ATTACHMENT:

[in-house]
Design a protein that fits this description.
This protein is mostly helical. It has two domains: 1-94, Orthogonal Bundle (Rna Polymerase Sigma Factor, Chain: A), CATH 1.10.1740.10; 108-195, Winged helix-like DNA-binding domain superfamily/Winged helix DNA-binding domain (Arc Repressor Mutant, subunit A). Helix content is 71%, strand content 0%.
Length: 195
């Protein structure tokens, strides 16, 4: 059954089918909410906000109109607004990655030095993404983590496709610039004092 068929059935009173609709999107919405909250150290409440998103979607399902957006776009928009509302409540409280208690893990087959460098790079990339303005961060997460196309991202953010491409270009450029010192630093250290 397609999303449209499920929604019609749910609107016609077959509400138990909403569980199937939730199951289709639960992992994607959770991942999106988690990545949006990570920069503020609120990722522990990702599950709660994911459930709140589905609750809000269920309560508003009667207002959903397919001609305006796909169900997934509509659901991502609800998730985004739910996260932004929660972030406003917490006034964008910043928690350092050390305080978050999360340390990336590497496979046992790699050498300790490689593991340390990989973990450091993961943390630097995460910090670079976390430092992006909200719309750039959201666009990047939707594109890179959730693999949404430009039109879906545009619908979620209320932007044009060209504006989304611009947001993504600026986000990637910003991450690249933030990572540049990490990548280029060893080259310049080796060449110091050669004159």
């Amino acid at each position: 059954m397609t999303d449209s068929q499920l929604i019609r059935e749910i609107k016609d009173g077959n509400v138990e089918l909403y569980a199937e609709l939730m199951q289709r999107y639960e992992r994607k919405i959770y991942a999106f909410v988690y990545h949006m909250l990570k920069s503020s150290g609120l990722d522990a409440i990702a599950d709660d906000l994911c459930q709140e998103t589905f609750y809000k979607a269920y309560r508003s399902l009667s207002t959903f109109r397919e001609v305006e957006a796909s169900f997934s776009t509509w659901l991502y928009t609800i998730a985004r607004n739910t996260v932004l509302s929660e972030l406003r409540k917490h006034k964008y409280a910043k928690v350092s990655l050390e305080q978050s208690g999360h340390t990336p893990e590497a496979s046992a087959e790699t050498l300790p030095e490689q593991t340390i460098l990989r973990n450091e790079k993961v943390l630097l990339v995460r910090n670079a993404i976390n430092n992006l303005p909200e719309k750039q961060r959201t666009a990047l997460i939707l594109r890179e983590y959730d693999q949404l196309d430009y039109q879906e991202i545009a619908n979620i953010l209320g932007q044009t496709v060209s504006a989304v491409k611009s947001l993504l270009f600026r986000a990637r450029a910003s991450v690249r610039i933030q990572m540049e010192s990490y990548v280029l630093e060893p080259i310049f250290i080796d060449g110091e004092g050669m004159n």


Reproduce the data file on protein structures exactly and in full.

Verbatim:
[in-house]
Design a protein that fits this description.
This protein is mostly helical. It has two domains: 1-94, Orthogonal Bundle (Rna Polymerase Sigma Factor, Chain: A), CATH 1.10.1740.10; 108-195, Winged helix-like DNA-binding domain superfamily/Winged helix DNA-binding domain (Arc Repressor Mutant, subunit A). Helix content is 71%, strand content 0%.
Length: 195
């Protein structure tokens, strides 16, 4: 059954089918909410906000109109607004990655030095993404983590496709610039004092 068929059935009173609709999107919405909250150290409440998103979607399902957006776009928009509302409540409280208690893990087959460098790079990339303005961060997460196309991202953010491409270009450029010192630093250290 397609999303449209499920929604019609749910609107016609077959509400138990909403569980199937939730199951289709639960992992994607959770991942999106988690990545949006990570920069503020609120990722522990990702599950709660994911459930709140589905609750809000269920309560508003009667207002959903397919001609305006796909169900997934509509659901991502609800998730985004739910996260932004929660972030406003917490006034964008910043928690350092050390305080978050999360340390990336590497496979046992790699050498300790490689593991340390990989973990450091993961943390630097995460910090670079976390430092992006909200719309750039959201666009990047939707594109890179959730693999949404430009039109879906545009619908979620209320932007044009060209504006989304611009947001993504600026986000990637910003991450690249933030990572540049990490990548280029060893080259310049080796060449110091050669004159």
């Amino acid at each position: 059954m397609t999303d449209s068929q499920l929604i019609r059935e749910i609107k016609d009173g077959n509400v138990e089918l909403y569980a199937e609709l939730m199951q289709r999107y639960e992992r994607k919405i959770y991942a999106f909410v988690y990545h949006m909250l990570k920069s503020s150290g609120l990722d522990a409440i990702a599950d709660d906000l994911c459930q709140e998103t589905f609750y809000k979607a269920y309560r508003s399902l009667s207002t959903f109109r397919e001609v305006e957006a796909s169900f997934s776009t509509w659901l991502y928009t609800i998730a985004r607004n739910t996260v932004l509302s929660e972030l406003r409540k917490h006034k964008y409280a910043k928690v350092s990655l050390e305080q978050s208690g999360h340390t990336p893990e590497a496979s046992a087959e790699t050498l300790p030095e490689q593991t340390i460098l990989r973990n450091e790079k993961v943390l630097l990339v995460r910090n670079a993404i976390n430092n992006l303005p909200e719309k750039q961060r959201t666009a990047l997460i939707l594109r890179e983590y959730d693999q949404l196309d430009y039109q879906e991202i545009a619908n979620i953010l209320g932007q044009t496709v060209s504006a989304v491409k611009s947001l993504l270009f600026r986000a990637r450029a910003s991450v690249r610039i933030q990572m540049e010192s990490y990548v280029l630093e060893p080259i310049f250290i080796d060449g110091e004092g050669m004159n």